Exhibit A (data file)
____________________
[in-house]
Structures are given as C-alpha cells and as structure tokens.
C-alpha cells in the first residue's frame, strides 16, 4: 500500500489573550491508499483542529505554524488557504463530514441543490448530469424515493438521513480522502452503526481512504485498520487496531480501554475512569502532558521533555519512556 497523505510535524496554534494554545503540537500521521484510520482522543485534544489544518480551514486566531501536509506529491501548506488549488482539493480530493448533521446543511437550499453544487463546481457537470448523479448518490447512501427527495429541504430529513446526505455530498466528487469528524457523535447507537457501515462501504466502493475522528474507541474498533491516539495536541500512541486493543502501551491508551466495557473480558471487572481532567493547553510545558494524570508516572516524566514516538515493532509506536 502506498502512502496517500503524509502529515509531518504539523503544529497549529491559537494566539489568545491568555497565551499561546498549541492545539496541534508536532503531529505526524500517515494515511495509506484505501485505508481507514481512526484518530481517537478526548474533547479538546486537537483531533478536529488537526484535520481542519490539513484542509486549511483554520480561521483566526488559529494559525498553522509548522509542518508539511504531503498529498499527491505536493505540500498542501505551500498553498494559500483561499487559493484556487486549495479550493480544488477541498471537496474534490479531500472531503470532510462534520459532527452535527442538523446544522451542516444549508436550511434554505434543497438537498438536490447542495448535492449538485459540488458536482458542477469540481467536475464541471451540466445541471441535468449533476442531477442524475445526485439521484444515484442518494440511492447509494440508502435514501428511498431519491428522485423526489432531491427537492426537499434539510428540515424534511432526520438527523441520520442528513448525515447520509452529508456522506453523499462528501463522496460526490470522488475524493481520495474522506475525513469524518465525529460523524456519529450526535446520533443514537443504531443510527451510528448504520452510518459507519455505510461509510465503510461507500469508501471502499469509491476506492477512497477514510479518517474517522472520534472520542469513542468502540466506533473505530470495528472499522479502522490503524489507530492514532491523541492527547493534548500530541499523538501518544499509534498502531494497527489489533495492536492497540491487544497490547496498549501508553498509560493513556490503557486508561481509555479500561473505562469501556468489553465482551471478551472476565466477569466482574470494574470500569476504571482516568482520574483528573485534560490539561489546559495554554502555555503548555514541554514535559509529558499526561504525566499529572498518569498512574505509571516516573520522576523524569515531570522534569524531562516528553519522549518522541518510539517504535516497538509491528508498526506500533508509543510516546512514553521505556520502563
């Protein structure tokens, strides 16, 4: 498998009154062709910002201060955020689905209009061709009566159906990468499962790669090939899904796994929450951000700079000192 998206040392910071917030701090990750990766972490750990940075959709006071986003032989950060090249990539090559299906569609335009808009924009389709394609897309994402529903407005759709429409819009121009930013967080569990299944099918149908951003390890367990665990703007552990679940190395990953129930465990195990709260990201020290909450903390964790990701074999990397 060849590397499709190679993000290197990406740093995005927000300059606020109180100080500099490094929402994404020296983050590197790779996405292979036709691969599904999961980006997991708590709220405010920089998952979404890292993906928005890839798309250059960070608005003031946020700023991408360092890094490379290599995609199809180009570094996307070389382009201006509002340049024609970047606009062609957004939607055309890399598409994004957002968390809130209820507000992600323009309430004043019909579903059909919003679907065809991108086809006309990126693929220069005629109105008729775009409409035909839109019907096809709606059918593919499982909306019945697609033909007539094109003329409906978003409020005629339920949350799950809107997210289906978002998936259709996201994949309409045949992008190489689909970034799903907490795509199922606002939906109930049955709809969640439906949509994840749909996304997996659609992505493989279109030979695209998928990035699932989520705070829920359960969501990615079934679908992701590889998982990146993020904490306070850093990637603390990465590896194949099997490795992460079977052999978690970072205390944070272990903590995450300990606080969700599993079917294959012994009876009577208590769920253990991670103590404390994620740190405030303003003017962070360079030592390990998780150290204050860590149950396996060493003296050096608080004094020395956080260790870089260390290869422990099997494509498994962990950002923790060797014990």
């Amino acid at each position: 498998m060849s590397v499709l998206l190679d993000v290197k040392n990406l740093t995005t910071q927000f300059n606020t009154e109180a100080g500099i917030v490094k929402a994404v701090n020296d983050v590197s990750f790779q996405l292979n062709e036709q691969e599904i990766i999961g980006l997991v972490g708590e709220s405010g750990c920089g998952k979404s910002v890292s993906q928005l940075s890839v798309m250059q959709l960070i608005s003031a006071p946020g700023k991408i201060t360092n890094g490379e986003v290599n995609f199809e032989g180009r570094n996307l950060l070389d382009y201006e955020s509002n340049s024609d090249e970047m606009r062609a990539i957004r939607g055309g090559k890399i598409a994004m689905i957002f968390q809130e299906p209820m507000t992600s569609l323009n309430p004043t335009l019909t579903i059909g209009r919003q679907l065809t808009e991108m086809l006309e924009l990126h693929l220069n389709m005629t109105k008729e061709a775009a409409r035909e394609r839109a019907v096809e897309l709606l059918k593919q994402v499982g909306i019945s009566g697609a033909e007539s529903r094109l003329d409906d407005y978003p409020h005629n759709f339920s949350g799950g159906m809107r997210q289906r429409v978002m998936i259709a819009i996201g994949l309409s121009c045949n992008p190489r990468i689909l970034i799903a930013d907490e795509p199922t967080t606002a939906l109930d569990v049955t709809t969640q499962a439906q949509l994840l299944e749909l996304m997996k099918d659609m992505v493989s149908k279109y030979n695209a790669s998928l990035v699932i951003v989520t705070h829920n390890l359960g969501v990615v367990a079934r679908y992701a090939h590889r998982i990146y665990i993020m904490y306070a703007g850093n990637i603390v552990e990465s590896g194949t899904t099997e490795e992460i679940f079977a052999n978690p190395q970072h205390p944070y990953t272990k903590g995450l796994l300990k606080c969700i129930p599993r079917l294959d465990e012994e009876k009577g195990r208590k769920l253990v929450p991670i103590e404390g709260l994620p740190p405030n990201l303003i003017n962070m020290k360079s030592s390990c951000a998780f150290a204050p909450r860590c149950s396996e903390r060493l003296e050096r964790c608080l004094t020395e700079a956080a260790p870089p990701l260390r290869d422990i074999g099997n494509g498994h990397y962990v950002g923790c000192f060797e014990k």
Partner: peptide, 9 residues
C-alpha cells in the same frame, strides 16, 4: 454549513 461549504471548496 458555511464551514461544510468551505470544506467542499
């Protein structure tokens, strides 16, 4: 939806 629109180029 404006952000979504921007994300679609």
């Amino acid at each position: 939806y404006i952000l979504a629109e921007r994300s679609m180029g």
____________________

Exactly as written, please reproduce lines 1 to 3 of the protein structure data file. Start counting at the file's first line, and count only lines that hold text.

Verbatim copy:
[in-house]
Structures are given as C-alpha cells and as structure tokens.
C-alpha cells in the first residue's frame, strides 16, 4: 500500500489573550491508499483542529505554524488557504463530514441543490448530469424515493438521513480522502452503526481512504485498520487496531480501554475512569502532558521533555519512556 497523505510535524496554534494554545503540537500521521484510520482522543485534544489544518480551514486566531501536509506529491501548506488549488482539493480530493448533521446543511437550499453544487463546481457537470448523479448518490447512501427527495429541504430529513446526505455530498466528487469528524457523535447507537457501515462501504466502493475522528474507541474498533491516539495536541500512541486493543502501551491508551466495557473480558471487572481532567493547553510545558494524570508516572516524566514516538515493532509506536 502506498502512502496517500503524509502529515509531518504539523503544529497549529491559537494566539489568545491568555497565551499561546498549541492545539496541534508536532503531529505526524500517515494515511495509506484505501485505508481507514481512526484518530481517537478526548474533547479538546486537537483531533478536529488537526484535520481542519490539513484542509486549511483554520480561521483566526488559529494559525498553522509548522509542518508539511504531503498529498499527491505536493505540500498542501505551500498553498494559500483561499487559493484556487486549495479550493480544488477541498471537496474534490479531500472531503470532510462534520459532527452535527442538523446544522451542516444549508436550511434554505434543497438537498438536490447542495448535492449538485459540488458536482458542477469540481467536475464541471451540466445541471441535468449533476442531477442524475445526485439521484444515484442518494440511492447509494440508502435514501428511498431519491428522485423526489432531491427537492426537499434539510428540515424534511432526520438527523441520520442528513448525515447520509452529508456522506453523499462528501463522496460526490470522488475524493481520495474522506475525513469524518465525529460523524456519529450526535446520533443514537443504531443510527451510528448504520452510518459507519455505510461509510465503510461507500469508501471502499469509491476506492477512497477514510479518517474517522472520534472520542469513542468502540466506533473505530470495528472499522479502522490503524489507530492514532491523541492527547493534548500530541499523538501518544499509534498502531494497527489489533495492536492497540491487544497490547496498549501508553498509560493513556490503557486508561481509555479500561473505562469501556468489553465482551471478551472476565466477569466482574470494574470500569476504571482516568482520574483528573485534560490539561489546559495554554502555555503548555514541554514535559509529558499526561504525566499529572498518569498512574505509571516516573520522576523524569515531570522534569524531562516528553519522549518522541518510539517504535516497538509491528508498526506500533508509543510516546512514553521505556520502563